1. “Regarding the chronology of the two cippi, based on the script and the language, it certainly seems that both can be securely dated to the years immediately following the deduction of the Latin colony of Spoletium in 241 BC, ...” (my translation)

Paolo Camerieri and Dorica Manconi (referenced below) established the extent of the territory assigned to the colony at this point, as illustrated above: the sacred grove northeast of Castel Ritaldi would have occupied part of the area of public land used for woods and pasture (silva et pascua) across the northwest area of the pertica.   (The northern part of this territory (including the Fonti del Clitunno) had probably belonged to Mevania before colonisation.)

Simone Sisani (referenced below, at p. 416) suggested that the grove was sacred to Clitumnus/Jupiter and that the grove might well have extended as far as the sanctuary dedicated to him at the Fonti del Clitunno:

  1. Vibius Sequester, in his “De fluminibus” (an annotated lists of geographical names, written in the 4th century AD), recorded that:

  2. Clitumnus Umbriae, ubi Iuppiter eodem nomine est

  3. Thus it seems that the river god Clitumnus was, in some sense, a manifestation of Jupiter. 

  4. Propertius, speaking of the god Clitumnus, referred to the Clitumnus river as “his wave” and reported that it was covered (or perhaps shrouded) by “his own woods”.

  5. Suetonius recorded a visit by the Emperor Caligula to the “river Clitumnus and its nemus (sacred grove)”.

Temples on Colle Sant' Elia (3rd and 2nd centuries BC)

A number of artefacts found on the site of the Rocca di Albornoz suggest that this was the site of the Arx (acropolis) of the Roman colony:

  1. A number of antefixes and clay votive offerings provide evidence of one or more temples here that were in use in the 3rd and 2nd centuries BC. 

  1. One of these fragments came from an antefix (3rd or 2nd century BC) representing “Potnia Theron” (Artemis as Mistress of the Animals), in which the goddess is flanked by rampant panthers.

  1. A display in the museum describes an inscribed stone cippus that seems to date to the early decades of the Roman colony .  The Latin inscription reads “SATURNO SACRO” (sacred to Saturn ).  The cippus was found embedded in the wall around the Rocca and would originally have been placed in the ground to mark the limit of the area dedicated to the God.  This suggests that the colonists built a temple to Saturn on the lower slopes of Colle Sant' Elia.
  2. This inscription (1st century AD), which is on the base of a statue, commemorates Gaius Oppius, a friend of Julius Caesar.  It is likely that the statues of a number of similarly famous men were erected in front of the Roman temples here.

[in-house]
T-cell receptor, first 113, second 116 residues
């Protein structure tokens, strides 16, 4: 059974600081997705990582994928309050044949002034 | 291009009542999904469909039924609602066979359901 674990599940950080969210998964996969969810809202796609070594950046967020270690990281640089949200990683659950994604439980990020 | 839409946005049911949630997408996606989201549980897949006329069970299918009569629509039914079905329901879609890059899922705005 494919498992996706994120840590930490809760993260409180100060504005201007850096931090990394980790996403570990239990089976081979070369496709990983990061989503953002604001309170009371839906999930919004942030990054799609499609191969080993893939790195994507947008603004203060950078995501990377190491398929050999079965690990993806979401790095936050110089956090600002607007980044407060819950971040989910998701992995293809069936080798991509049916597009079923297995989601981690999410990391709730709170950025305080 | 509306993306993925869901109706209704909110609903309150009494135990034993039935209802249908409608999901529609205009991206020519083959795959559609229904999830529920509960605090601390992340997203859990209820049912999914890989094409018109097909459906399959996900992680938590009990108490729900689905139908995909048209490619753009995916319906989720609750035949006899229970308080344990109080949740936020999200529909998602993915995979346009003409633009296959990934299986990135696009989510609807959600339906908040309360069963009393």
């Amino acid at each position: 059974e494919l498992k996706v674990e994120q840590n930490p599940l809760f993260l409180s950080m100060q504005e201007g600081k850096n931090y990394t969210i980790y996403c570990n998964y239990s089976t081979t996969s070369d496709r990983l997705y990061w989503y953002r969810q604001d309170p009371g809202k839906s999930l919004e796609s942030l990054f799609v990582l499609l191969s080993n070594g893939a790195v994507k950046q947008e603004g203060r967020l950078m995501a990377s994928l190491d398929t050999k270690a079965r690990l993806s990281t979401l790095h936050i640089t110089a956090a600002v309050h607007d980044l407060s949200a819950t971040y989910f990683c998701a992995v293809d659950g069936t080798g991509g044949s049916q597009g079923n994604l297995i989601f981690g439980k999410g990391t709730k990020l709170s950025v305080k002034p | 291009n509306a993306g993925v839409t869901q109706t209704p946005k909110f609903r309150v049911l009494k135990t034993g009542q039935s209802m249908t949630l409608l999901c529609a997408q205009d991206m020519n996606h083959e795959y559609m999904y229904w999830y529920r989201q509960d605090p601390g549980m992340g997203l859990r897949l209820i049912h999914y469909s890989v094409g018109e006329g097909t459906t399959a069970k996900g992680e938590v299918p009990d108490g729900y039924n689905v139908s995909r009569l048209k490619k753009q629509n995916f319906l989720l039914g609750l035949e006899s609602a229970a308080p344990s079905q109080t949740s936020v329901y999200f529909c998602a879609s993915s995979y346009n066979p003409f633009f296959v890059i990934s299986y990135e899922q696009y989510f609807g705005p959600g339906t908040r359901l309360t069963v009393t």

Antefixes from San Nicolò (3rd and 2nd centuries BC)

Finds from San Nicolò include ceramic fragments and terracotta antefixes from a temple.  The latter include:

  1. decorative elements from a frieze;

  1. a fragment  from an antefix representing “Potnia Theron”, similar to that found at the Rocca (see above); and

  1. a fragment of a young man.

Head of a goddess (2nd century BC)

This is a copy of a lovely marble head was discovered at the foot of Monte di Arrone (some 30 km south of Spoleto) in the late 19th century.  (Be patient - the link is slow to open.  Search on “santuario”).   (The original is still in Arrone).

This head probably came from a full-length statue that stood outside the sanctuary, traces of which survive on the mountain.

Inscription (2nd century BC)

This inscription, which was incorporated into the campanile of the Duomo, records a dedication of something (perhaps a statue or an altar) to Minerva by four officials of the guild of fullers:

  1. Caius Evulus Stazius;

  2. Publius Oppius Filonicus;

  3. Lucius Magnus Alaucus; and

  4. Panfilus di Turpilius.

Funerary Altar (1st century BC)

This funerary altar was found on Colle San Tommaso, north of the city.

Marble Cippi (1st century BC)

These are copies of two marble cippi that were found in 1986 in Via Reguardati, Norcia.  They are decorated with reliefs of Dionysian revels.  [Are the originals in the Criptoportico Romano di Porta Ascolana, Norcia ??

Inscription (1st century AD)

This inscription (CIL XI 4819), which was found near the Roman temple erroneously known as  ‘the Roman basilica’ reads:

Sex(tus) Volusius Sex(ti) f(ilius) Hor(atia) Melior,

IIIIvir q(uin)q(uennalis), augur, patron(us) municipi,

ob honorem IIIIviratus

Sex(ti) Volusi Noniani, fili sui,

basilicam solo publico a fundamenta

pecunia sua fecit